Google+ is the hot ticket in town, trying to steal Facebook's lunch (and Twitter's too, if they can get it). The service is still in its early days, so confusion is likely inevitable.
Thankfully, Simon Laustsen has risen to the challenge and created some Google+ cheat sheets to make the latest in social networking a little friendlier. There's at least one typo (see if you can spot it!), but what matters is the information that he conveys.
The first cheat sheet explains text formatting, some of the basics of circles, how to send someone a private message and more.
The second tip sheet takes a closer look at circles, photo sharing, navigation and Chrome browser extensions that can be used for a better Google+ experience.
I've been intrigued for a while at the innovative distribution model cult movie director Kevin Smith has been using to promote his latest film, horror flick "Red State."
He kicked things off by forgoing an initial theatrical release, taking the film on tour and charging 50 bucks to see the film and get a Q&A with Smith. Smith's well known as a raconteur, doing sold out Q&A's for years. He went on to launch an online podcast network, then an online radio network with daily shows he personally hosts.
Now he's trying something else with "Red State" – skipping theaters altogether. It's a fascinating move for someone with nine theatrical releases to his name, eight which he wrote himself. His previous releases all made millions, with his last movie earning the most at $45 million.
He's offering "Red State" via video-on-demand beginning Labor Day weekend for 10 bucks. He's following that up with a one-night-only screening in theaters with a live stream of a Q&A and a podcast taping to the theaters that show it.
"Green Lantern" is permeating pop culture as the Ryan Reynolds movie based on the DC Comics character comes out. Here are a few of my favorite pieces of "Green Lantern" ephemera.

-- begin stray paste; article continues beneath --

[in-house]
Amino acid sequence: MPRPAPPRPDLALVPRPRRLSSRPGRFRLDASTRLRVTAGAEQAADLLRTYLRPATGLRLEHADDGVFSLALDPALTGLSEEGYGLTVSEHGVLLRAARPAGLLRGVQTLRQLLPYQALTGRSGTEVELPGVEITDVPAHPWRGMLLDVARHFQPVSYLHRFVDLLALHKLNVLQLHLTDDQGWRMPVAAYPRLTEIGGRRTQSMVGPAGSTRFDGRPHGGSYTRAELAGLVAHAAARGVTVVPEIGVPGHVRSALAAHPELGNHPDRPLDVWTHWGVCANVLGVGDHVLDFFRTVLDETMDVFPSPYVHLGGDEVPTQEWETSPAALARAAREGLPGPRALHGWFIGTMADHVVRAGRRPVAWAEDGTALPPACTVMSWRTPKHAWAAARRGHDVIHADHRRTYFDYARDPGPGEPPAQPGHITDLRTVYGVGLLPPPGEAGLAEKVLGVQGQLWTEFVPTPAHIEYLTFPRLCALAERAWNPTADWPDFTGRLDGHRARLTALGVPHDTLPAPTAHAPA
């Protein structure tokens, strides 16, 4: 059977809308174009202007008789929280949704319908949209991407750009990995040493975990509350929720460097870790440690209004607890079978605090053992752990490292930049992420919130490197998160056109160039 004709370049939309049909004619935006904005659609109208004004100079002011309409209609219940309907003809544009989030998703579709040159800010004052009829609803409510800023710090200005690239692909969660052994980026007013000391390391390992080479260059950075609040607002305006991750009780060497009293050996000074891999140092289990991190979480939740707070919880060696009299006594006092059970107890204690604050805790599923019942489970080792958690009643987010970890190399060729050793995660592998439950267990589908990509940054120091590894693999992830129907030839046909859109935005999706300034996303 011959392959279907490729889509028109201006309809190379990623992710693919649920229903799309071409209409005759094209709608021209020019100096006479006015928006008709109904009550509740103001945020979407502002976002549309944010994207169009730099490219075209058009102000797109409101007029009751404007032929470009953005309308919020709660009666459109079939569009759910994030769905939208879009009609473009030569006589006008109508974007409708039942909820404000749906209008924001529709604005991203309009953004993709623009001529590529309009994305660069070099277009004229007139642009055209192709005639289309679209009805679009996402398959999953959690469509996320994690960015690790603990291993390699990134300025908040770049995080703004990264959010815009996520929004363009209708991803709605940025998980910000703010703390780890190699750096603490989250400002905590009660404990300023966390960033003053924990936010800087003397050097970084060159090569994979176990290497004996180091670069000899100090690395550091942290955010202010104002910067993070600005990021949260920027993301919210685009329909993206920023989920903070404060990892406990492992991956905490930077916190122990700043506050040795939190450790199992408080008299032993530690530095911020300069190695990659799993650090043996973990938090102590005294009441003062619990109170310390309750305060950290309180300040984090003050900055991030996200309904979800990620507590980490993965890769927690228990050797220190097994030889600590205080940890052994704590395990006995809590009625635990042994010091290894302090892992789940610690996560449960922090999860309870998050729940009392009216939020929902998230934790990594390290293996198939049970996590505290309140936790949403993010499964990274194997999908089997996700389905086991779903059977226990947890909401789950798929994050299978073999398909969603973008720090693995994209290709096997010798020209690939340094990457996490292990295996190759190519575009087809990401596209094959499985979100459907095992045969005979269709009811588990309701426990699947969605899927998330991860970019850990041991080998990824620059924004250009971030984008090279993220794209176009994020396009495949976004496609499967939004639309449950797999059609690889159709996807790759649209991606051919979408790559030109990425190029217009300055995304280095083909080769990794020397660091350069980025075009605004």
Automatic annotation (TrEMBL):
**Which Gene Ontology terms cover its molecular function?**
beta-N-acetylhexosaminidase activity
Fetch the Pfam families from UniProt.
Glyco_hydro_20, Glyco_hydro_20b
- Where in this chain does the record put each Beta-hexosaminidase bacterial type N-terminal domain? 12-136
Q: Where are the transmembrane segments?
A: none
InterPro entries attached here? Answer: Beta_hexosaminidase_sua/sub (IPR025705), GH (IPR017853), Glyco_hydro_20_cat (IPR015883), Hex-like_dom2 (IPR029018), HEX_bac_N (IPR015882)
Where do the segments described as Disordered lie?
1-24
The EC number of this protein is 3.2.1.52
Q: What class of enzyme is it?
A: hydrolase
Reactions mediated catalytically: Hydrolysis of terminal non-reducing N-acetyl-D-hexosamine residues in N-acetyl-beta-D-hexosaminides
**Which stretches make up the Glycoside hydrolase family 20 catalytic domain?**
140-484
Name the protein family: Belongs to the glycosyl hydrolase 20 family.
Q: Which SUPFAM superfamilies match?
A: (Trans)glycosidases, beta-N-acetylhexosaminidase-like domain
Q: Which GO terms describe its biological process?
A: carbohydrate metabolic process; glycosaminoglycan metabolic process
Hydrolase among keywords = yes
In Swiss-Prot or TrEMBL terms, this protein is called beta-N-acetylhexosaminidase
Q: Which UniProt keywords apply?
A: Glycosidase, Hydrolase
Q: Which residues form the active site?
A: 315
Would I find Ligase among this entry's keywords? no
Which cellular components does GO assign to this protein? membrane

Green Lantern isn't as well known as your Supermans, your Batmans, your Spider-Mans. That might not be true anymore, particularly if "Green Lantern" turns out to be a hit, but The Onion captured the lack of awareness perfectly.
If you want some more Green Lantern comedy from the Onion, you can also check out this 2002 article on the character: "When You Are Ready To Have A Serious Conversation About Green Lantern, You Have My E-Mail Address." In a bit of corporate synergy, Mad Magazine, published by the same corporation behind Green Lantern, has a new issue with a cover story spoofing Green Lantern.
The United Kingdom's Guardian newspaper launched a series of interactive panoramas of major British landmarks last week. They're not at the Google Street View level of being able to move through the space, but you can zoom in and out and pan in all directions.
Seeing this got me looking for virtual tours of other British landmarks. There are some great interactive rooms from Buckingham Palace, which they call "Virtual Rooms." You can see the Grand Staircase, the Throne Room, the Blue Drawing Room and the White Drawing Room.
So, for those of you who couldn't attend the Royal Wedding, feel free to Photoshop yourself in where you deem appropriate.
What other virtual tours have you seen that you like? Let us know in the comments.
Google traditionally produces what they call "Doodles" to celebrate different historical dates, transforming the Google logo into everything from a Charlie Chaplin tribute video to a playable Pac-Man game.
Today they've got a virtual stylized guitar to celebrate the 96th birthday of Les Paul. If you click on it, it will conduct a search for Les.
However, the fun part is that if you move your mouse across the strings, it strums them. You can also click the black record button at the lower right to record your musical stylings. It records 30 seconds of you playing and gives you a link to share with friends.
Here's a quick recording I made after messing around with it for a bit. Les Paul is surely rolling over in his grave.